Dupree water main project receives funding
by Tasiyagnunpa Livermont
According to the Dupree city mayor, just $56,000 remains for the City of Dupree to finance as the city moves ahead on a water main replacement project.
“I’m still looking for money,” said Ray Lenk, City of Dupree mayor.
So far the hunt for funding has covered most of the project with a grant covering over half the cost of the estimated $390,000 construction project.
“We received a $234,000 CDBG grant,” said Lenk.
In collaboration with the Central South Dakota Enhancement District, the City of Dupree received a Community Development Block Grant. The CSDE District is a quasi-government agency that provides technical assistance for seven counties and thirteen municipalities in central South Dakota, including several municipalities in the Cheyenne River Sioux Reservation.
According to Lenk, the city was also awarded $100,000 in loan forgiveness. In September, the city was awarded the Drinking Water State Revolving Fund (SRF) loan for $163,000 with the terms of the forgiveness not to exceed $100,000. The loan’s interest rate is 2.25 percent and is payable up to 30 years.
According to the city’s DENR Categorical Exclusion Determination, C462247-01, “Repayment of the SRF loan will be with a water surcharge assessment of about $.135 per customer per month. The surcharge will be in addition to a water rate of $63.50 per month based on 5,000 gallons usage.”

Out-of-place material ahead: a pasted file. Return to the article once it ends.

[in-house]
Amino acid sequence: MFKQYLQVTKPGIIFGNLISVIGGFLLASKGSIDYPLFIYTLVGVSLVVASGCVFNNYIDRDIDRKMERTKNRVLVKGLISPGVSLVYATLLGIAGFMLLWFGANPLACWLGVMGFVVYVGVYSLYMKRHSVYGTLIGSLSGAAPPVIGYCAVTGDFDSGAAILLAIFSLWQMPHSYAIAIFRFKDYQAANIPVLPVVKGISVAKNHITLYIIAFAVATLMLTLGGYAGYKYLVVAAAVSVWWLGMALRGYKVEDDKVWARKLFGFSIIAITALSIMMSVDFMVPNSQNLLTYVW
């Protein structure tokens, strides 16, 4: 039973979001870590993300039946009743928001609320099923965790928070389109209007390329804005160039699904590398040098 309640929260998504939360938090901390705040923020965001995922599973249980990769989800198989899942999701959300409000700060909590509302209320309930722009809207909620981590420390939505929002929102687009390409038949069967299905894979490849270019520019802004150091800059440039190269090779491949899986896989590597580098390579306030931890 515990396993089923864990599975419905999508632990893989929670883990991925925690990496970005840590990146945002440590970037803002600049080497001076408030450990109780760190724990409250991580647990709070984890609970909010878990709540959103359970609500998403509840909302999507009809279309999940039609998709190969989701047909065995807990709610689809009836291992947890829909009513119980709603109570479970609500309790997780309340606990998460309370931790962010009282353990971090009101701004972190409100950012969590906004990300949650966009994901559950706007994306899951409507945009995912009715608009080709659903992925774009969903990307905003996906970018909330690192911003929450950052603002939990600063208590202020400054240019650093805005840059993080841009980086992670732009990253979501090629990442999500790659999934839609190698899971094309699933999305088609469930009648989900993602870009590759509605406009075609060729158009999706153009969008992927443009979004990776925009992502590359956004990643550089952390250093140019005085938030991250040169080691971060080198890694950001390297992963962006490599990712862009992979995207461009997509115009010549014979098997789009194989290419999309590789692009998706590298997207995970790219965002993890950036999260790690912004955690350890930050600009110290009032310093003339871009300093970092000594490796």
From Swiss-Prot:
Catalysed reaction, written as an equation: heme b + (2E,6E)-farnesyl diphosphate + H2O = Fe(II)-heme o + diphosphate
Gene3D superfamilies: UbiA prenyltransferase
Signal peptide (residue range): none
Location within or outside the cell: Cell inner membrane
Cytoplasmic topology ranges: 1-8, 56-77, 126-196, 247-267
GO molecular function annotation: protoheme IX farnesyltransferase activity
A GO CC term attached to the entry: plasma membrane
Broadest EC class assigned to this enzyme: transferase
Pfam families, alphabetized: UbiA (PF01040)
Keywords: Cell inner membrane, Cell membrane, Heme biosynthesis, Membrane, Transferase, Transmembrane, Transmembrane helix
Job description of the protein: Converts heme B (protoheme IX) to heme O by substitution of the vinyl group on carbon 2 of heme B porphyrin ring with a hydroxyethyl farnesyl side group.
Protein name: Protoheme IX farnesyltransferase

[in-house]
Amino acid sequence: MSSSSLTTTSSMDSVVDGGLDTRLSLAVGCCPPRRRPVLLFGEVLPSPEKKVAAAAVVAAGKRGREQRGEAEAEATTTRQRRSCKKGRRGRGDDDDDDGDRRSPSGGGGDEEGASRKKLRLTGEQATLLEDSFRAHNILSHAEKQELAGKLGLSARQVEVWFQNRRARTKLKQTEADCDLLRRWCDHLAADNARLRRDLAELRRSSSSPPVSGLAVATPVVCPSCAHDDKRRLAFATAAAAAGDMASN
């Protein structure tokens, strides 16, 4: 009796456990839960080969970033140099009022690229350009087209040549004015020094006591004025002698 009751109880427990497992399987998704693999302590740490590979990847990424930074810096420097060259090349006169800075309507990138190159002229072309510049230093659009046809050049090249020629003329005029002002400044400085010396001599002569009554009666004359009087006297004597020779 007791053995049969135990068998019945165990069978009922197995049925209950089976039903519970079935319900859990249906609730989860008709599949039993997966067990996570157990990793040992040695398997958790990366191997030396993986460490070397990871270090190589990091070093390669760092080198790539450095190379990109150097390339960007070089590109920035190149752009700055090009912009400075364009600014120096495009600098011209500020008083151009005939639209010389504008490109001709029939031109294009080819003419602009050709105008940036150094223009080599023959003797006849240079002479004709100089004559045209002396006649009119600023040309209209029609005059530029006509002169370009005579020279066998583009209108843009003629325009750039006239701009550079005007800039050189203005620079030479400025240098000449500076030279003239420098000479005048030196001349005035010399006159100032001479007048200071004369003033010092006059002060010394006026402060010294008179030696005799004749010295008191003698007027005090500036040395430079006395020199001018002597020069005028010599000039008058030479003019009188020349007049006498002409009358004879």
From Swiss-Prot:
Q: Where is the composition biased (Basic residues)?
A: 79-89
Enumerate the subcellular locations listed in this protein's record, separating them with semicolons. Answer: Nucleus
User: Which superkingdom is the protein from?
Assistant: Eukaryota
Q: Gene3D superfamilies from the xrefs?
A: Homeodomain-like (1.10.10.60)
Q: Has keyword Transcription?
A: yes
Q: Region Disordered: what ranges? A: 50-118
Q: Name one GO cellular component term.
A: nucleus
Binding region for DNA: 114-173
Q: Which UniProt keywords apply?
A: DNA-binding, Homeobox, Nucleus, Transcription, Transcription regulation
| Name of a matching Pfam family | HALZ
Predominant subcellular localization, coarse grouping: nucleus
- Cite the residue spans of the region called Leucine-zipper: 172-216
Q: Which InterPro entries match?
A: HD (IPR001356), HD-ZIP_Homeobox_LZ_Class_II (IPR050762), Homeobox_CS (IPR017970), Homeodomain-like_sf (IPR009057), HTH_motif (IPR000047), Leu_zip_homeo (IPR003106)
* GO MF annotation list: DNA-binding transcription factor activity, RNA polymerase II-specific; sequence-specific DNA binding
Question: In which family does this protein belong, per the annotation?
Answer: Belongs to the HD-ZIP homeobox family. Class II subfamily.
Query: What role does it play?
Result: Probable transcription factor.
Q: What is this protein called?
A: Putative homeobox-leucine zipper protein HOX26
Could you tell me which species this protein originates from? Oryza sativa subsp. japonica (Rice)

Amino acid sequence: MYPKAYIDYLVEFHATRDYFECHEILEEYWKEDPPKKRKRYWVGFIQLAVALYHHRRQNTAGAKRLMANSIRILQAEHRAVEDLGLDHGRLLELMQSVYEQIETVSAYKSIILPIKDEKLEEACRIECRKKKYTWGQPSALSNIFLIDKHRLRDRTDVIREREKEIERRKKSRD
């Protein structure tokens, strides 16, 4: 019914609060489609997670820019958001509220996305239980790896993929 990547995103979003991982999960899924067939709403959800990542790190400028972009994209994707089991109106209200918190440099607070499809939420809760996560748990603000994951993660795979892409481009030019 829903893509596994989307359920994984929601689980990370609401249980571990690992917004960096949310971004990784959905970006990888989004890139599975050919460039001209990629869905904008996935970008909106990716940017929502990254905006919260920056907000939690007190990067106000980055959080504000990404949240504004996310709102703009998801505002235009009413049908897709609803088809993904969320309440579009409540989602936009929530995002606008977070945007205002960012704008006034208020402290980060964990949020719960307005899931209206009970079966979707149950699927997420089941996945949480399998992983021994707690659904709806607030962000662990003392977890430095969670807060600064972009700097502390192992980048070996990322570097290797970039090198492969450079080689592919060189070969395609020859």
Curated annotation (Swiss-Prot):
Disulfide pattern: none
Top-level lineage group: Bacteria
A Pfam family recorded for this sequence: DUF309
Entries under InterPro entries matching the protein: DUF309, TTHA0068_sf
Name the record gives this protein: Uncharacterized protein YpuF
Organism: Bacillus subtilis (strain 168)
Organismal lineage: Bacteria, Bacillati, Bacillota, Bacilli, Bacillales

While the $63,000 left on the SRF loan would fund the remainder of the project not funded by current grants or loan forgiveness, the project’s construction estimate leaves about $56,000 to be funded. Though the loan is in place, Lenk said he hopes that the city can find additional funding that would help pay back that loan quicker.
With the small sales tax base facing many municipalities on the Cheyenne River Sioux reservation, any loan burden on a municipality is a cause for concern, however it isn’t enough to stop the City of Dupree from moving ahead in replacing the water mains.
“I think we’re far enough along to start asking for bidding,” said Lenk.
Financial caution is important, especially with other water projects pending on Dupree’s horizon.
Lenk said the City of Dupree is also looking at improving their waste water system.
“We have pretty much all the engineering done, but at this point we haven’t applied for the money,” said Lenk.
This is typical of the process most cities use as they move forward with various municipal projects. Most grant applications require estimates and engineering done in order to apply.
Lenk also said that the City of Dupree has looked at a possible water tower project.